The bad news is not primarily hunger, thirst, oppression, and marginalization. Those are all forms of bad news, but they're not the bad news. They're merely symptoms of the bad news. The truly bad news is this: we are sinners and under the wrath of Holy God. The bad news is death. If you are hungry and then find nourishment, you will still die. If you are oppressed and then liberated, you will still die. Let's not confuse the symptoms with the disease.
If that's the bad news, then the good news is this: Your sins are forgiven. You are no longer under God's wrath, but you have been reconciled to Him and are at peace (Rom. 5:1). Death no longer reigns. You have eternal life. All of this is the good news and is available to anyone who trusts in Christ through faith and repentance. An evangelical is one who not only has been brought to believe this good news, but is also one who lives to proclaim it. We preach the good news of Jesus Christ, not simply the good news of happy circumstances. And, in proclaiming it and making disciples, we love and serve others. We help the weak, feed the starving, and welcome the marginalized. The good news has its own "symptoms."
We preach the good news of Jesus Christ, not simply the good news of happy circumstances.
The irony of Bell's claim of the hijacking of the term is that he himself hijacks it and co-opts it. He claims loudly, "I'm an evangelical," all the while having no sense of the gospel. He confuses the gospel with the benefits of the gospel. Sadly, he's not alone. Many people want peace and joy while at the same time rejecting the Jesus of Scripture. But you cannot have life while at the same time rejecting the giver of life.
Nevertheless, evangelical is still a helpful term, if rightly understood. It's not a term that moves us away from theology (or moves us to a bad theology), but rather it moves us right to theology—right to the core of theology by remembering who Jesus is and what He did. To be an evangelical is to be about the gospel, and the gospel is ultimately content-rich.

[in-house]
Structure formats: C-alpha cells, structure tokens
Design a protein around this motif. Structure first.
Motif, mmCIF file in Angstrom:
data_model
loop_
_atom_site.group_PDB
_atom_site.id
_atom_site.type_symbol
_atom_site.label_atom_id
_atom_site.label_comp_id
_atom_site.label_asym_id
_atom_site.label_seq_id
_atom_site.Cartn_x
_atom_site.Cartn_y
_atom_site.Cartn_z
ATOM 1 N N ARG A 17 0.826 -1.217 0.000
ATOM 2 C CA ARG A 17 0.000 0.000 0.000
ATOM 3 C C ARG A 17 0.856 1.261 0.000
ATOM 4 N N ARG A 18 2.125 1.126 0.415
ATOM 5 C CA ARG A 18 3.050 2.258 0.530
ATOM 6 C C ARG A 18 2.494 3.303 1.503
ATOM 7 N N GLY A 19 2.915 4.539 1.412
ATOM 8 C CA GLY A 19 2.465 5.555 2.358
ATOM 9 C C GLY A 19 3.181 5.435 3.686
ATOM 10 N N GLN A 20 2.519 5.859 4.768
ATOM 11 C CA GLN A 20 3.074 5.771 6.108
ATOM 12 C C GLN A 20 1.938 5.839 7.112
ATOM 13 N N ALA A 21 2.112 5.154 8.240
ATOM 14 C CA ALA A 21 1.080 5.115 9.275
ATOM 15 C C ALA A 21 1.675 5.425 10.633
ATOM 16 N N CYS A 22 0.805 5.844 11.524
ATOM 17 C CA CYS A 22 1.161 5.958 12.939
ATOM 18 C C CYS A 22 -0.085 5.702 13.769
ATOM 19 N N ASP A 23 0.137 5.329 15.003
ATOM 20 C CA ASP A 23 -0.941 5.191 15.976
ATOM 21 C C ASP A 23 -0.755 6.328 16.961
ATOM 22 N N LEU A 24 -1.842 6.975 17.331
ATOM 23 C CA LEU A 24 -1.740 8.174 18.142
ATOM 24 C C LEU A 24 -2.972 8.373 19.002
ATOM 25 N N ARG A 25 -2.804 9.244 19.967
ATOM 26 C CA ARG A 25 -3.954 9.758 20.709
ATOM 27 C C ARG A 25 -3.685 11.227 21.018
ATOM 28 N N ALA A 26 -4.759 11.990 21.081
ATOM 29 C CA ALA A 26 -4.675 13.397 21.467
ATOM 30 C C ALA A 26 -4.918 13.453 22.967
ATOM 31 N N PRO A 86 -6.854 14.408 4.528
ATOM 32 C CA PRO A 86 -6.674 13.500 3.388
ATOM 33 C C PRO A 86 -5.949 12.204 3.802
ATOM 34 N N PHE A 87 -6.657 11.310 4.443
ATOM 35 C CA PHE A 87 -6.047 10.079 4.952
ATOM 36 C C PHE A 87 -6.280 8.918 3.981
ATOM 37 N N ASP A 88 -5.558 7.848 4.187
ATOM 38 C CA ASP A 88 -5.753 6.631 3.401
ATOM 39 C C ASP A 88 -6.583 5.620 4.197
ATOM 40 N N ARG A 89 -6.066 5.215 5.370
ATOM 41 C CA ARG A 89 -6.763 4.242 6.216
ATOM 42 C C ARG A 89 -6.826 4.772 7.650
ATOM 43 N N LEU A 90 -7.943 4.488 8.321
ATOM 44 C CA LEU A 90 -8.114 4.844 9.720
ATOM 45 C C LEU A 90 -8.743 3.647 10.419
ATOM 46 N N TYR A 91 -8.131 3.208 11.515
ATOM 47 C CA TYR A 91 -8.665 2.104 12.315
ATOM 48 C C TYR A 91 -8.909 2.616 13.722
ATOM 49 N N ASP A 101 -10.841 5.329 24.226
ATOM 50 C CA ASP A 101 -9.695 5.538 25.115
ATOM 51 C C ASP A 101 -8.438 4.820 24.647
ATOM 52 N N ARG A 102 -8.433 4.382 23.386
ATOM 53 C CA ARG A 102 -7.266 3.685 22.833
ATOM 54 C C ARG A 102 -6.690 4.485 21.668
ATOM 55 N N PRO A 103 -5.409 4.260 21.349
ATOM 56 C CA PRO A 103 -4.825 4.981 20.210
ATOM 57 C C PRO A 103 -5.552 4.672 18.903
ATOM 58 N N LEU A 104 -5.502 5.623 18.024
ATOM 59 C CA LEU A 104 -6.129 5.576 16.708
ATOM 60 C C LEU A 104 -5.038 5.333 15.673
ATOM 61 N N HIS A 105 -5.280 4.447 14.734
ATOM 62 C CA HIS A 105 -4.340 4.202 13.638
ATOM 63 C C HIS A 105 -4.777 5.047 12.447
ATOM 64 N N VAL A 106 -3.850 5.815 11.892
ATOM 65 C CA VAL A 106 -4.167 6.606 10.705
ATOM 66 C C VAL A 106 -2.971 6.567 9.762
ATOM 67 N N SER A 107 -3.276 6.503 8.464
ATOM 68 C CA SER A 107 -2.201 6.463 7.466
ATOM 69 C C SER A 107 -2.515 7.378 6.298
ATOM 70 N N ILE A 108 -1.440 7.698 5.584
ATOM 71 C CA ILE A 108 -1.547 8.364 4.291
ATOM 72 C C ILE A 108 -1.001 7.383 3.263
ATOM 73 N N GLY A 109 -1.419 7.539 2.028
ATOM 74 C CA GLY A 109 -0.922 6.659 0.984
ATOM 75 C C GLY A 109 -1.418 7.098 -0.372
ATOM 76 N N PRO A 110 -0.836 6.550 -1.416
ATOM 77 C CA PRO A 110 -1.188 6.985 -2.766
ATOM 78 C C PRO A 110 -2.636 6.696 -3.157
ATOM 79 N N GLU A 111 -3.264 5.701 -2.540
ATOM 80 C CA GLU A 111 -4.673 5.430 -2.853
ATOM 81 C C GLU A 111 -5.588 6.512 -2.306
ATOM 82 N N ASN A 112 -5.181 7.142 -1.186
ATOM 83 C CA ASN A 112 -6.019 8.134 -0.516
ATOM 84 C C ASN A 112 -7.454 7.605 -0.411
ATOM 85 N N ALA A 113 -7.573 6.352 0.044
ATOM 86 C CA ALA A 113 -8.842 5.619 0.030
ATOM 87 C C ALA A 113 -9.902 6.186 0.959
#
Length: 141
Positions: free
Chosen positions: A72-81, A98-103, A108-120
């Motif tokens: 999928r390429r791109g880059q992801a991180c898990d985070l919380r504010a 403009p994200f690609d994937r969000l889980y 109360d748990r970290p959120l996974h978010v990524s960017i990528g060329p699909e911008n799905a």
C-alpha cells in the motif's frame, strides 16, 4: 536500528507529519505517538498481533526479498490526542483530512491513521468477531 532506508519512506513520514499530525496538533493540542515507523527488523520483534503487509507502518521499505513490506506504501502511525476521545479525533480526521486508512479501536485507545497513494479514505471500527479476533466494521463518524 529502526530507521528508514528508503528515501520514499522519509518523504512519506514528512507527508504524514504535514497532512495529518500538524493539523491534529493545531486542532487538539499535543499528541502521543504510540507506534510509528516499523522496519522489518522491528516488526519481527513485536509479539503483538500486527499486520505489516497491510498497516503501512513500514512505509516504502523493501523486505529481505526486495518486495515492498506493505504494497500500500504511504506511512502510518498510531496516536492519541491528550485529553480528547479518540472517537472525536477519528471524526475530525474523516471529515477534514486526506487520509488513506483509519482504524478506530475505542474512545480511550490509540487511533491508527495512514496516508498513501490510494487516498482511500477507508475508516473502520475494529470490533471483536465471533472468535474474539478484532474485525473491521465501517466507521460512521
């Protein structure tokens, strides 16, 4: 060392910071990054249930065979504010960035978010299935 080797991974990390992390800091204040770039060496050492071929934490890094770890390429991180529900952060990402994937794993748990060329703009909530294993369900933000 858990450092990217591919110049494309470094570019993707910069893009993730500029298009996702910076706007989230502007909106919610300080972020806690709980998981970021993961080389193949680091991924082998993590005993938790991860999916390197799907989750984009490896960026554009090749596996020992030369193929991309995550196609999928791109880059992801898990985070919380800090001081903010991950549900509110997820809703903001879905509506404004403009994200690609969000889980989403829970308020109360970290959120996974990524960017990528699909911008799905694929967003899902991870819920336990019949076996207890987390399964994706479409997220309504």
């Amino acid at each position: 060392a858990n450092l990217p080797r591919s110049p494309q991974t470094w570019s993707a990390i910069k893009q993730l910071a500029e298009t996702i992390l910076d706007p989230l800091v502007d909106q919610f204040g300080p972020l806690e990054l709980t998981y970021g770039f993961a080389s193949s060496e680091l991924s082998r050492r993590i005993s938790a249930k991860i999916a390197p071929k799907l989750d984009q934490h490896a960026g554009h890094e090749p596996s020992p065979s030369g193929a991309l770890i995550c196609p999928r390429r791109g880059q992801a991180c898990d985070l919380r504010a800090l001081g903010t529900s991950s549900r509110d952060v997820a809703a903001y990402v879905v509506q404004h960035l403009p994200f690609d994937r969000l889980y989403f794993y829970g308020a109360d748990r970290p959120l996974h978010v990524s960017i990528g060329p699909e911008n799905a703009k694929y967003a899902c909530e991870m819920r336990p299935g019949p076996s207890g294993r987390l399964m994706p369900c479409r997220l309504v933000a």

We need to return to that rich content of the gospel, to the full-orbed story of Jesus' message of good news—not just select passages. As chapter after chapter of Scripture unfolds before our very eyes, we see all the richness and all the dimensions of Christ's work and what He accomplishes for us. We also see that Jesus Himself was never selfish with the message. Jesus never thought anyone too low for His good news. He also never thought that any were too high for it either. Even Roman centurions, swords at their side, heard and believed His message of good news. The gospel is for Jew and Greek, the Religious Right and the Secular Left, the city and the country, the banker and the mechanic, the rich and the poor—for we are all under the curse of death. "Wretched man that I am! Who will deliver me from this body of death? Thanks be to God through Jesus Christ our Lord!" (Rom. 7:24–25).